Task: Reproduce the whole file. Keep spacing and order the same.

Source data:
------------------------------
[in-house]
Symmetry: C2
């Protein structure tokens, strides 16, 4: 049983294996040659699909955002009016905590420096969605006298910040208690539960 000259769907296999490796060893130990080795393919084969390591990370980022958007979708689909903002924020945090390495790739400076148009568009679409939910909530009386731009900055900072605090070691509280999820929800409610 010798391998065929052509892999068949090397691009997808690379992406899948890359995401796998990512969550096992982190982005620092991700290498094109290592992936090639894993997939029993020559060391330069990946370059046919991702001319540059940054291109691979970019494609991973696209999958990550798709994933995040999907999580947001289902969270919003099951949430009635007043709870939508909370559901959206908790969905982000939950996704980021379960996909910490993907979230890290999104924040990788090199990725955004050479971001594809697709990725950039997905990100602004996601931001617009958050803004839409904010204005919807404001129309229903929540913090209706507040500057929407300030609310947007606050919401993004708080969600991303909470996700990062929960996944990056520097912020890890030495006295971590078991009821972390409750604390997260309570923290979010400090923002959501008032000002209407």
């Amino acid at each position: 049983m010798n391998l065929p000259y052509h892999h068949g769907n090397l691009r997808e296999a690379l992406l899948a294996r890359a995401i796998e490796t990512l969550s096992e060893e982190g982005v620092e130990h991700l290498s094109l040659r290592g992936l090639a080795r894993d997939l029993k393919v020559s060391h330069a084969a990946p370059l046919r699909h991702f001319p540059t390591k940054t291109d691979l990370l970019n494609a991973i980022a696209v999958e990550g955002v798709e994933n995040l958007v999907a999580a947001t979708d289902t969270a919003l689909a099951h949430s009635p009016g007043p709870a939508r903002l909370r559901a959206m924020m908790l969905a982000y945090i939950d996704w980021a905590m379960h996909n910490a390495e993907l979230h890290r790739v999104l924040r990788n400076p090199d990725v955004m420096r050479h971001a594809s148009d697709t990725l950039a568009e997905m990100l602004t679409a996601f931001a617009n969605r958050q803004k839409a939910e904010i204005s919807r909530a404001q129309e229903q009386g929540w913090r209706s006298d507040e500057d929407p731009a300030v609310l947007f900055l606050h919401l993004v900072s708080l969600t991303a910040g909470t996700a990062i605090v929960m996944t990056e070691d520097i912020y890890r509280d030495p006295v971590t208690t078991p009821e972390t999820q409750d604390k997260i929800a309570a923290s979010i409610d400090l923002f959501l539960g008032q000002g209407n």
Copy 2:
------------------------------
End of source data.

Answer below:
[in-house]
Symmetry: C2
């Protein structure tokens, strides 16, 4: 049983294996040659699909955002009016905590420096969605006298910040208690539960 000259769907296999490796060893130990080795393919084969390591990370980022958007979708689909903002924020945090390495790739400076148009568009679409939910909530009386731009900055900072605090070691509280999820929800409610 010798391998065929052509892999068949090397691009997808690379992406899948890359995401796998990512969550096992982190982005620092991700290498094109290592992936090639894993997939029993020559060391330069990946370059046919991702001319540059940054291109691979970019494609991973696209999958990550798709994933995040999907999580947001289902969270919003099951949430009635007043709870939508909370559901959206908790969905982000939950996704980021379960996909910490993907979230890290999104924040990788090199990725955004050479971001594809697709990725950039997905990100602004996601931001617009958050803004839409904010204005919807404001129309229903929540913090209706507040500057929407300030609310947007606050919401993004708080969600991303909470996700990062929960996944990056520097912020890890030495006295971590078991009821972390409750604390997260309570923290979010400090923002959501008032000002209407």
């Amino acid at each position: 049983m010798n391998l065929p000259y052509h892999h068949g769907n090397l691009r997808e296999a690379l992406l899948a294996r890359a995401i796998e490796t990512l969550s096992e060893e982190g982005v620092e130990h991700l290498s094109l040659r290592g992936l090639a080795r894993d997939l029993k393919v020559s060391h330069a084969a990946p370059l046919r699909h991702f001319p540059t390591k940054t291109d691979l990370l970019n494609a991973i980022a696209v999958e990550g955002v798709e994933n995040l958007v999907a999580a947001t979708d289902t969270a919003l689909a099951h949430s009635p009016g007043p709870a939508r903002l909370r559901a959206m924020m908790l969905a982000y945090i939950d996704w980021a905590m379960h996909n910490a390495e993907l979230h890290r790739v999104l924040r990788n400076p090199d990725v955004m420096r050479h971001a594809s148009d697709t990725l950039a568009e997905m990100l602004t679409a996601f931001a617009n969605r958050q803004k839409a939910e904010i204005s919807r909530a404001q129309e229903q009386g929540w913090r209706s006298d507040e500057d929407p731009a300030v609310l947007f900055l606050h919401l993004v900072s708080l969600t991303a910040g909470t996700a990062i605090v929960m996944t990056e070691d520097i912020y890890r509280d030495p006295v971590t208690t078991p009821e972390t999820q409750d604390k997260i929800a309570a923290s979010i409610d400090l923002f959501l539960g008032q000002g209407n």
Copy 2: